Wheaton’s Wade Center: Where Middle Earth and Narnia Meet
By Jennifer Young
The Marion E. Wade Center of Wheaton College may be far from any reader’s notion of Narnia or Middle Earth, but somehow some very famous literary relics have wound up in its possession: Tolkien’s desk and Lewis’s family wardrobe.
The desk on display at the Wade Center is precisely the one where Tolkien wrote The Hobbit and substantial portions of The Lord of the Rings drafts. According to the museum, Tolkien’s desk was a gift purchased by his wife Edith in 1927. He wrote, typed, revised, and illustrated at this desk until 1971.
In 1972 after the death of his wife, Tolkien sold the desk and donated the proceeds in his wife’s honor to the Oxford-based Help the Aged Housing Association. A private collector made the purchase but then the desk went up for sale again. The Wade Center made the purchase and brought it home to Wheaton, Illinois, a suburb of Chicago.
But Tolkien’s desk, the witness of so much literary genius, was not the first important literary acquisition for the Wade Center. In 1973, the center managed to procure the desk, chair, and family wardrobe belonging to C.S. Lewis. Lewis used the desk and chair in his Magdalen College rooms at Oxford University. He taught there between 1925 and 1954. It’s thought that the wardrobe is the same piece to have inspired his great work, The Lion, the Witch, and the Wardrobe.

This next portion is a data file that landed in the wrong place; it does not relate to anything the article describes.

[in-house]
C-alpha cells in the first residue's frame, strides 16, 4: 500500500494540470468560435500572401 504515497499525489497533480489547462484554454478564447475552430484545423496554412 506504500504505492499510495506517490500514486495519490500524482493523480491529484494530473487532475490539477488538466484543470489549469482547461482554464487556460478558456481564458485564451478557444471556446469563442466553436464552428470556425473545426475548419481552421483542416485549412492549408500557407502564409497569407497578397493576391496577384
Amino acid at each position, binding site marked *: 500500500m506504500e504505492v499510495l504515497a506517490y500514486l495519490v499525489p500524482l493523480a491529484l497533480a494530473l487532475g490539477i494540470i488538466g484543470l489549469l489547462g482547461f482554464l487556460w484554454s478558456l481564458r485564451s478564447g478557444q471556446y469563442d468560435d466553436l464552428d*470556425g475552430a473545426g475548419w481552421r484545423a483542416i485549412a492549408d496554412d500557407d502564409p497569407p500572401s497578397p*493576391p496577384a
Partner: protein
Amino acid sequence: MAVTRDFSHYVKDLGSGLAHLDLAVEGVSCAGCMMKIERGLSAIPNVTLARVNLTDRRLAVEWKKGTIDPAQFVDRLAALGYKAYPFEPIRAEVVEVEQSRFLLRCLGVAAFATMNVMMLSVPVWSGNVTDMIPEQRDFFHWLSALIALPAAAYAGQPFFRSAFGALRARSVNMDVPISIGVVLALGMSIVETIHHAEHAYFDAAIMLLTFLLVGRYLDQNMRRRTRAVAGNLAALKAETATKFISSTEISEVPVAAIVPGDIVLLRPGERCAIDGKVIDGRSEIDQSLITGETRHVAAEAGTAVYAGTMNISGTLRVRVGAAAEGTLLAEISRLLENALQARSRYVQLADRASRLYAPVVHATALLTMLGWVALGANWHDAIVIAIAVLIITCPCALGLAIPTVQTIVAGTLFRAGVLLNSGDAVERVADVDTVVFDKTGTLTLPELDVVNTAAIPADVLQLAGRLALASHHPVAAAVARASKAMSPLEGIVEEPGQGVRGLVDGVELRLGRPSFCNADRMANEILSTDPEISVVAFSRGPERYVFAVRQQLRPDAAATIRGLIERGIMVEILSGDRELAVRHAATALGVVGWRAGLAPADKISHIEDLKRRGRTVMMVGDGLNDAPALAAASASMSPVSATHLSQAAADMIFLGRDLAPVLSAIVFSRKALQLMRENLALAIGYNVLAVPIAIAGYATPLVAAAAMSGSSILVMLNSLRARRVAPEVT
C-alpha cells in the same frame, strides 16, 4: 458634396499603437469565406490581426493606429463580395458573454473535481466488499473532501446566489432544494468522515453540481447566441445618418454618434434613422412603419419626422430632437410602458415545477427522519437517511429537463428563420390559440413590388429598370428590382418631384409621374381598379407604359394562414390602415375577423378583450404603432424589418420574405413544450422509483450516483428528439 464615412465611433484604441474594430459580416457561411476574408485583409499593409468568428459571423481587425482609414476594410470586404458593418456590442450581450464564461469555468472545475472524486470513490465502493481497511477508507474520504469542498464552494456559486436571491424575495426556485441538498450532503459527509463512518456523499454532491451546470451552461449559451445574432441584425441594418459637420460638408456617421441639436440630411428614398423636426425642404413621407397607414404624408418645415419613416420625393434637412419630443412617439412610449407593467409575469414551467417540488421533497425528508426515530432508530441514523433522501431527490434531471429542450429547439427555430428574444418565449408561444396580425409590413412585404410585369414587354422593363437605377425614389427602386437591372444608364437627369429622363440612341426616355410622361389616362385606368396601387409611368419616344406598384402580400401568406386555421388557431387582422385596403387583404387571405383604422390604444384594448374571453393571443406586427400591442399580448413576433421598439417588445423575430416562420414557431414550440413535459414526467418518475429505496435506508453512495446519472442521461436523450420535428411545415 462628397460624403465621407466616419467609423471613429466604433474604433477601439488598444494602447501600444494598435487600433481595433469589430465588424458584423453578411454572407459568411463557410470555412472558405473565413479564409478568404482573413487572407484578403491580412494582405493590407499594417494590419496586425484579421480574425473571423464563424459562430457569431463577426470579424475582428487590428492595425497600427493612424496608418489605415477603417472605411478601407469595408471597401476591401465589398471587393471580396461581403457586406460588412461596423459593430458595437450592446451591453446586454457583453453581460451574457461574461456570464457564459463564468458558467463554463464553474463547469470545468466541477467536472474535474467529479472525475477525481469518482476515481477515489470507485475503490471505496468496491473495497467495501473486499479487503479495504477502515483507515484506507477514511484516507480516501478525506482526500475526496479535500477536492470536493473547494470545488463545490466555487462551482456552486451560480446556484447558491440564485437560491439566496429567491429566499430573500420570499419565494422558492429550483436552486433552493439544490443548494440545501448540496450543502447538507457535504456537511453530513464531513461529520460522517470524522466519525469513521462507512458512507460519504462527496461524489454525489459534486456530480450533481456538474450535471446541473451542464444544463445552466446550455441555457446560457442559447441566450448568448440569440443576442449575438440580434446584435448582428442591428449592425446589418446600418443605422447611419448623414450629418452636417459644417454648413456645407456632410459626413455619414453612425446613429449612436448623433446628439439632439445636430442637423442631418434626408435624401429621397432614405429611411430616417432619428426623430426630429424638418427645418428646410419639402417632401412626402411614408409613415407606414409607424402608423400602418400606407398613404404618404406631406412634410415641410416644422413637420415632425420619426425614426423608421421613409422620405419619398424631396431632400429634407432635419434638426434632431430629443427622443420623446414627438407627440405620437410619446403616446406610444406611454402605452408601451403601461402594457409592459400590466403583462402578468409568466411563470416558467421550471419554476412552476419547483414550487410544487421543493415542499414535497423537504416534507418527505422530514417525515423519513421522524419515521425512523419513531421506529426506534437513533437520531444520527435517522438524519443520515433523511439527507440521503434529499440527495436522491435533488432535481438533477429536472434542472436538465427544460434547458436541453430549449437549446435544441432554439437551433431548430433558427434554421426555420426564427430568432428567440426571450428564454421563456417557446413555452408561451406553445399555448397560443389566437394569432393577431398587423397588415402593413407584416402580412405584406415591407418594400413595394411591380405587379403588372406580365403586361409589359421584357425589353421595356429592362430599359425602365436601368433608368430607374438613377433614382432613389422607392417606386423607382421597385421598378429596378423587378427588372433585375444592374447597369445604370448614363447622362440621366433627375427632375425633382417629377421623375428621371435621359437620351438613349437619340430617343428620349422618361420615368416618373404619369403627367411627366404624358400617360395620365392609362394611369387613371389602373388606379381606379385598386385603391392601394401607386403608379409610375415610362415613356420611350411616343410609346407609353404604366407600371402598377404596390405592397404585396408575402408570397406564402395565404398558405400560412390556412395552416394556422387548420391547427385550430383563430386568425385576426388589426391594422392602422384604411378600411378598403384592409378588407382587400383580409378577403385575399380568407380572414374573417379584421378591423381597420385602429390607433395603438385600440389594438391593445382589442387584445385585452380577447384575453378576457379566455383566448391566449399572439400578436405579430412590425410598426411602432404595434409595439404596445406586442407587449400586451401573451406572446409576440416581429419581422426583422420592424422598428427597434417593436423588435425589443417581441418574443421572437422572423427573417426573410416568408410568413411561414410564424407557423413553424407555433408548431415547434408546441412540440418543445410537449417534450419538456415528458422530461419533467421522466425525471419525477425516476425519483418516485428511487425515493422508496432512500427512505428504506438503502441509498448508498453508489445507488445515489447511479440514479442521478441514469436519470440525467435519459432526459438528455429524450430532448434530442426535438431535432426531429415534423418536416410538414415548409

The Wade Center is a unique institution. Its mission is to promote the “ relevance of seven British Christian authors,” including J.R.R. Tolkien, C.S. Lewis, Dorothy L. Sayers, Charles Williams, G.K. Chesterton, and others.
The center celebrates these authors’ contributions to literature as well as their “distinctive blend of intellect, imagination, and faith.” The center collects artifacts pertaining to these authors but also supports artistic endeavors inspired by these seven writers and assists biographical scholars as well.
In addition to other unique holdings such as Tolkien’s pen, the center features special libraries associated with its showcased authors. For instance, the Tolkien library includes volumes owned by the writer like The Infidel Grape: An Anthology in Praise of Wine and The Abolition of Man written by none other than C.S. Lewis.
The Lewis library collection at the Wade Center is far more extensive with some fragile items currently undergoing preservation treatment. When you visit, however, you’ll find a wide range of Lewis-owned volumes such as the works of Jane Austen and The New Wizard of Oz by Frank L. Baum.
If you or your children are fans of Tolkien and Lewis, consider making a visit to this unusual center. It’s not every day you can come into such close contact with a wardrobe portal to another world or a desk where Gollum, Bilbo, and Gandalf were born.